The trade deadline is about market efficiencies.
This team has a goal it wants to accomplish by the end of the year and needs to buy something to get there. This team is not focused on this year and is looking to set up their long-term. They have something to offer.
To make things happen at the trade deadline then often takes a buyer and a seller. And a team has to have something to sell in order to buy something at the deadline. The market often dictates what a deal can or will be.
For the first time, in a long time, the Magic are seemingly buyers and out there looking to add something to their roster. But they are still at the whims of what the market wants. Their ability to get something depends on what the market is willing to take back.
Increasingly as the Magic wound their way through this season, the market seemed to start salivating over Wendell Carter. If the Magic were going to make a major move, it seemed like it would require them to part with their young big man. With Goga Bitadze and Moe Wagner holding the spot down with Wendell Carter's early season injury, it seemed like this might end up becoming a good bet.
Carter may have put a stop to all of that. He may have told everyone now he is back from the hand injury and beyond the knee tendinitis that slowed him down. He is back to being the vital big man to anchor the Magic's defense.
Carter has gotten his groove back. And that may be taking him off the trade market.
"It feels good just to be back out there," Carter said after the Magic's loss in Atlanta a few weeks ago. "Fortunately, I found my groove offensively. Just to be out there with my teammates, just helping them win and doing whatever I can to help this team win. Fortunately, it has been scoring. I have taken a lot of steps to just get my swagger back from last year. I got hurt five games into the season and I haven't really been myself. These last two or three games, I feel like I've started to get my swagger back."
Carter indeed started to find his groove on that road trip -- he scored 17 points in the win over the New York Knicks and 18 against the Atlanta Hawks in his first two games back from the tendinitis issue.
That groove has continued since then.
Carter has averaged 15.6 points per game and 7.1 rebounds per game, shooting 62.7 percent from the floor and 44.0 percent from beyond the arc in eight games since returning from injury. He followed that up the Hawks outing with 25 points in the loss to the Philadelphia 76ers.
As important, his defense has started to return, too. The Magic have a 113.6 defensive rating with Carter on the floor -- worse than the Magic's full season average of 112.0 but 2.3 points per 100 possessions better than the team's average in the last eight games.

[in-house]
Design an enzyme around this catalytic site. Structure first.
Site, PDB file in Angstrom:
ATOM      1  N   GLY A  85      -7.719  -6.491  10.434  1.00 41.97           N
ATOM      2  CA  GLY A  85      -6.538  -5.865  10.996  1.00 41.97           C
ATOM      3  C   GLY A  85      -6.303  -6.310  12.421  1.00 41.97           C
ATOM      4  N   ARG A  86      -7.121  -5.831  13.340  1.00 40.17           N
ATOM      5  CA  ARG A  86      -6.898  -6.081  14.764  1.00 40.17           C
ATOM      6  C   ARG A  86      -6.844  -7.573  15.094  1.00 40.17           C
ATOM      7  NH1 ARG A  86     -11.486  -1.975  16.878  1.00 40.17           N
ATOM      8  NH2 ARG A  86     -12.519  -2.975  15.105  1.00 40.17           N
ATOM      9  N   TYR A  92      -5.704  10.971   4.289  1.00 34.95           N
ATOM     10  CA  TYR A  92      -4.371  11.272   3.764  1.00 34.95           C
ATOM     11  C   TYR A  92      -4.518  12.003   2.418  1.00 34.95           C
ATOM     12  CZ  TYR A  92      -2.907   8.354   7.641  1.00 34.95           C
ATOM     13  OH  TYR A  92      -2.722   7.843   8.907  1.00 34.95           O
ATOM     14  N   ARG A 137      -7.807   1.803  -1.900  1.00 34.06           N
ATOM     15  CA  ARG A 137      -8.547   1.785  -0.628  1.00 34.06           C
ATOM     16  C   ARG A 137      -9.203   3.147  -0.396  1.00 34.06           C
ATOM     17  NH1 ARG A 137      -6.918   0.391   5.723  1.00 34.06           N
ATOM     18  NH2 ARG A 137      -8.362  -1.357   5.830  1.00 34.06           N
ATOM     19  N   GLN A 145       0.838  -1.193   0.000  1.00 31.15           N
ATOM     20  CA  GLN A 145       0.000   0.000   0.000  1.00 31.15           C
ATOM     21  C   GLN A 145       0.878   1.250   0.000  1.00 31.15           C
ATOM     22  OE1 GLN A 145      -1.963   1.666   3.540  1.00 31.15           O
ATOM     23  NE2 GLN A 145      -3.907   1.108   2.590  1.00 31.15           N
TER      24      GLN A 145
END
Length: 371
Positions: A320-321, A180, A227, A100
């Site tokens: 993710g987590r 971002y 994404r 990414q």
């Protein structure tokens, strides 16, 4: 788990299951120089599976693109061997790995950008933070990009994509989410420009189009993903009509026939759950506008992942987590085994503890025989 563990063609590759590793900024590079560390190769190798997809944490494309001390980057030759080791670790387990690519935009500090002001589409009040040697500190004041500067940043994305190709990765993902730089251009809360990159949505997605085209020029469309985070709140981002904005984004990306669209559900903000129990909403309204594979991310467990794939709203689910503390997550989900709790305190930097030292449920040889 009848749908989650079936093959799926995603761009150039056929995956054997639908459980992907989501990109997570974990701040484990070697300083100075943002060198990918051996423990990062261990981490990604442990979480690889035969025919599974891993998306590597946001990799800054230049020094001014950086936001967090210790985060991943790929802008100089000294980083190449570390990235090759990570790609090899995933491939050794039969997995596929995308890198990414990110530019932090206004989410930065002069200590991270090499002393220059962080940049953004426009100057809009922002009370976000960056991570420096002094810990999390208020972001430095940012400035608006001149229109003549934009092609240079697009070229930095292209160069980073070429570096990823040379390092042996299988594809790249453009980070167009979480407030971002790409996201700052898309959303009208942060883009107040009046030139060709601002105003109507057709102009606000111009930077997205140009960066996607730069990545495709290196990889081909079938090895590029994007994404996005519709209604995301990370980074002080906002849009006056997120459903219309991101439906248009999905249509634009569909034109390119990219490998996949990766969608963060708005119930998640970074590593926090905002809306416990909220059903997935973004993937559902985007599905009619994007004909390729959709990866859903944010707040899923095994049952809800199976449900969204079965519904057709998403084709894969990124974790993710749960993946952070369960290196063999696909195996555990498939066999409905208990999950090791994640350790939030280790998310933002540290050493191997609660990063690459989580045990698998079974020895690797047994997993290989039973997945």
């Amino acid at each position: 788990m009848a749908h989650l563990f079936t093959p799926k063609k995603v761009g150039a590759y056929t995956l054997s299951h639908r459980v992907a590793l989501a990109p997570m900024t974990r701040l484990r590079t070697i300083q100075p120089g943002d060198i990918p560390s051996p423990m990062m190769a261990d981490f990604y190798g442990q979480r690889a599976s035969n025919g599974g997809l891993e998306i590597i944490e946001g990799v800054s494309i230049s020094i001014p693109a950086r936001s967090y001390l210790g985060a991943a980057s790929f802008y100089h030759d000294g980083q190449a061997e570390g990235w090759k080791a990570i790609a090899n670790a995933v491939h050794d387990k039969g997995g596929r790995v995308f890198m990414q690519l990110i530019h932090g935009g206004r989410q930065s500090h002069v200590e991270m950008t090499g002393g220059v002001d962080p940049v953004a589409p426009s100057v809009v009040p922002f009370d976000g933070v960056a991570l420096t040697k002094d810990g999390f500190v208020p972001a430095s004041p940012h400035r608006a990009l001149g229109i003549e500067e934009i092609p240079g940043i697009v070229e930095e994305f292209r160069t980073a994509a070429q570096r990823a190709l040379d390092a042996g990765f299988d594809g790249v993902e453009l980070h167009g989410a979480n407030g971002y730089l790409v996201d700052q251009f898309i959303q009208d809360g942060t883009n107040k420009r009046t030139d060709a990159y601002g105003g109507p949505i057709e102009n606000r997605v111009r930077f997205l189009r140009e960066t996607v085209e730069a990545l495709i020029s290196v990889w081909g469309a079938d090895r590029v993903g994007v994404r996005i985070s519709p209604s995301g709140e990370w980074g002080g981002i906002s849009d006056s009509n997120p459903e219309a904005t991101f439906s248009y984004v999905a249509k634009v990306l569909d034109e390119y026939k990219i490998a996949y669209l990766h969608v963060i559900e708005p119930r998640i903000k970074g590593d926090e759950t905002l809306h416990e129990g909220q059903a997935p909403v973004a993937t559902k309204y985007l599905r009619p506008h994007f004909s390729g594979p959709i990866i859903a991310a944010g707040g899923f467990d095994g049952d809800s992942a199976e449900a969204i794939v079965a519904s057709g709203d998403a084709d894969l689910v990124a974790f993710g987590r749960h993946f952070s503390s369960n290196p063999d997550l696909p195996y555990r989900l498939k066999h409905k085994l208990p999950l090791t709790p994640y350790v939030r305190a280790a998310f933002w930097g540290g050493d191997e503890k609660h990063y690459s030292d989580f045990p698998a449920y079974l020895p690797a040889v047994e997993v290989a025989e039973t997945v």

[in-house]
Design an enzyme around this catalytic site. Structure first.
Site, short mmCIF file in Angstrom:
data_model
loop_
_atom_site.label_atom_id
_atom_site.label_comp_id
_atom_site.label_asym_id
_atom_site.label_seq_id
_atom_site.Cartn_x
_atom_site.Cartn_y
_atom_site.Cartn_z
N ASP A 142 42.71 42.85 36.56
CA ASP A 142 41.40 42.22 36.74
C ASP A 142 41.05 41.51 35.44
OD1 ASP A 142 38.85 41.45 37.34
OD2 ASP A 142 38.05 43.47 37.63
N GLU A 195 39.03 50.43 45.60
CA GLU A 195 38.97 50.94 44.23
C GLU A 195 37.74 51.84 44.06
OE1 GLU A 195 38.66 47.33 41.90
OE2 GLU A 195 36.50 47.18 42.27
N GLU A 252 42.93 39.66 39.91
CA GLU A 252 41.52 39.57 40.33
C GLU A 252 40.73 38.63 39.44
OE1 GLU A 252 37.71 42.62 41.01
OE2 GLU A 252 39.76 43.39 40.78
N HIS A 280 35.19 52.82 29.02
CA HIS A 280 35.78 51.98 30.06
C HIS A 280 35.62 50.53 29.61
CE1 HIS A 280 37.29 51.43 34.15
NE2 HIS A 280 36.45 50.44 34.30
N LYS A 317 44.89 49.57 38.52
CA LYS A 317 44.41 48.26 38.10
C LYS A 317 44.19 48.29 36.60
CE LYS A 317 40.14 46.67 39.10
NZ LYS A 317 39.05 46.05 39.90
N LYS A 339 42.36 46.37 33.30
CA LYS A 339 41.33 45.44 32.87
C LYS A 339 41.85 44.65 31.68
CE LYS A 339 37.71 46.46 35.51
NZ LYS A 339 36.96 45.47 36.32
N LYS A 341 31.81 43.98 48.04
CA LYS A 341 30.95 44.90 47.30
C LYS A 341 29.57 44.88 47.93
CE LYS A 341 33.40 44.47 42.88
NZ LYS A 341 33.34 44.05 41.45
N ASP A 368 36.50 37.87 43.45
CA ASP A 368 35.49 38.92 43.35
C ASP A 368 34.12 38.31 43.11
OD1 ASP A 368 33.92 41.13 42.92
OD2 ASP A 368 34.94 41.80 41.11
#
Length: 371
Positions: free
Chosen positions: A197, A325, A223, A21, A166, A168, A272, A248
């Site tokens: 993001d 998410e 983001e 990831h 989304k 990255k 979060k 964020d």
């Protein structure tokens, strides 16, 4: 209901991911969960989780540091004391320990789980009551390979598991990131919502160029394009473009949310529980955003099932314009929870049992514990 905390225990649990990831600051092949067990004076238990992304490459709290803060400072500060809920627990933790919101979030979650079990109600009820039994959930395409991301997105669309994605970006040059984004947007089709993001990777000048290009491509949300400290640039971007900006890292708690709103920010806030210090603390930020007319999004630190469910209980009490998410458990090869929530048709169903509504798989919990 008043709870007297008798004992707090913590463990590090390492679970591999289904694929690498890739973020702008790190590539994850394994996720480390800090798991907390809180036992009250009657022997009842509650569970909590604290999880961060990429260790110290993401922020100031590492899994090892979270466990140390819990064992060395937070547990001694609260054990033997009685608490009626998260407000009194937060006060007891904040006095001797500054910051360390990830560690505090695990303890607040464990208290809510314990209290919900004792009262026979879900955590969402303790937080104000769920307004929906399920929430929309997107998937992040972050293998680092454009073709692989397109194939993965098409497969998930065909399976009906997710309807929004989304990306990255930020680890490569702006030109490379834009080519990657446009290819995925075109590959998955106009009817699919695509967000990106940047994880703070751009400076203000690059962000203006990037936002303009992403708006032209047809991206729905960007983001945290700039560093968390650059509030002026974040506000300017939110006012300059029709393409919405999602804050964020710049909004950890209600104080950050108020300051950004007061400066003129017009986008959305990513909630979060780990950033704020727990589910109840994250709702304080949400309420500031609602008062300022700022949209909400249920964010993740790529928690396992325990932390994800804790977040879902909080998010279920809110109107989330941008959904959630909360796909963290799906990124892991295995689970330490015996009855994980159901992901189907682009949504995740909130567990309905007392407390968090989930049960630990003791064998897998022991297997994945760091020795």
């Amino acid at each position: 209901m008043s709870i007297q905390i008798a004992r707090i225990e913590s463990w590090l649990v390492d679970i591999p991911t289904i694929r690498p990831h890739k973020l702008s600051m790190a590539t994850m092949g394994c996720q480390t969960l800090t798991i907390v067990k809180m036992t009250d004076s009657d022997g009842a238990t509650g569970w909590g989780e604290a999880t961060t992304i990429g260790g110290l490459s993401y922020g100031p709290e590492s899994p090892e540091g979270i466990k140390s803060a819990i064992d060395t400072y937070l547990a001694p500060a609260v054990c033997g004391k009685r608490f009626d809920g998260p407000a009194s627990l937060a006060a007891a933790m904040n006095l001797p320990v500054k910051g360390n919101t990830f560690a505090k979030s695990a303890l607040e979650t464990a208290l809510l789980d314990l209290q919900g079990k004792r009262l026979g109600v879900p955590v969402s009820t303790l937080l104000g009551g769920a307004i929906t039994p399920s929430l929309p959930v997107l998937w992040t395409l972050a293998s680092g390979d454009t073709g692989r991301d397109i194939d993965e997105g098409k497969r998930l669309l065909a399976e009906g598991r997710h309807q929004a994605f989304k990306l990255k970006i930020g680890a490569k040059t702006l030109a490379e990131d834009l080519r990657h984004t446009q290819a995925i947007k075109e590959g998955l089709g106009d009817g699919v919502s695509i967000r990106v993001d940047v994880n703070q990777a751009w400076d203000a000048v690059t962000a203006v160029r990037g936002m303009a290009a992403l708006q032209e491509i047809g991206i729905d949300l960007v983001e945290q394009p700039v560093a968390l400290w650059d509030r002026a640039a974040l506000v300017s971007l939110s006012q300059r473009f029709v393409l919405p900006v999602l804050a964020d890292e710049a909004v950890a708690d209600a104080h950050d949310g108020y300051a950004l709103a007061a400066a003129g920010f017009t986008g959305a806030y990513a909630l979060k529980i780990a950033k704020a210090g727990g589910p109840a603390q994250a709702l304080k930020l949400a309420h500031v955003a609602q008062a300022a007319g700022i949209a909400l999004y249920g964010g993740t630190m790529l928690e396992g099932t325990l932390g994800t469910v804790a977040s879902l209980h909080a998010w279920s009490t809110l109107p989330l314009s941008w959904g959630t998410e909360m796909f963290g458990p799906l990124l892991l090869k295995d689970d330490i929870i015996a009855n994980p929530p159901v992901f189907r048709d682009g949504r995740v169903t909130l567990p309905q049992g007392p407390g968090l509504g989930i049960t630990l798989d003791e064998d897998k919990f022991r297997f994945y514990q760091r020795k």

Indeed, it does seem like Carter has gotten his groove back. He has started to look like the player that brought so much promise from last season.
"I know what I'm capable of," Carter said after the loss to the 76ers last week. "Just to be back out there is really good. I just find joy in that and whatever happens happens. My teammates are finding me in my sweet spots. I'm making my shots and shooting with confidence. Make or miss, I shoot them over and over. It's one of the things we preach in the locker room is process over results. We get good shots, we shoot them. My work has just been showing in these last three games. Hopefully, I will continue that for the next couple of games."
That play and the way Carter has helped boost the team may have put some trade discussions on the back burner for the time being. The Magic can clearly see -- as if they needed the confirmation -- that Carter is their best option at center for the moment.
The market may want the Magic to move Carter and his extremely team-friendly contract -- he is owed $35.9 million for this year and the next two years with declining salaries starting at $13.1 million this year and down to $10.9 million in the final year in 2026 -- but the Magic do not appear set to make that move.
Brian Windhorst of ESPN.com reports there will be suitors if the Magic make Carter available, but "the signs point to Orlando keeping him."
Much of the trade deadline reporting and rumors -- both Marc Stein and Yahoo! Sports' Jake Fischer reported as much -- that league executives were intrigued with whether the Magic might move Carter with how well they handled the center position in his absence.
That perception seems to have passed with how well the Magic have started to play with Carter back.
It does not mean the Magic do not need an upgrade -- that became apparent when Carter could not explode above the rim for a key finish at the rim late in Monday's loss to the Mavericks -- but it may delay trying to answer those questions. It is not a pressing need. Carter is a serviceable option until the team can find an upgrade. This only quiets the noise for now.
This version of Carter, with his ability to step onto the perimeter and defend or stretch out defenses to the 3-point line while providing solid screening and finihsing with finesse around the basket, is supremely valuable to this Magic team. He makes a lot of things for Orlando make sense.
Carter struggled to start the year and the broken bone in his hand put him on hold. He needed some time to ramp up. But he clearly has his groove back now. He clearly is playing the way everyone expected.
There is not much time for the Magic to make decisions and that Carter has played so well is a big boost as the team prepares for this playoff race. At the end of the day, that is what this is about: Making the team better.
Carter finding his place and finding his groove and continuing that for several weeks now has the Magic on a better path as they start to come back together in the face of the deadline next week.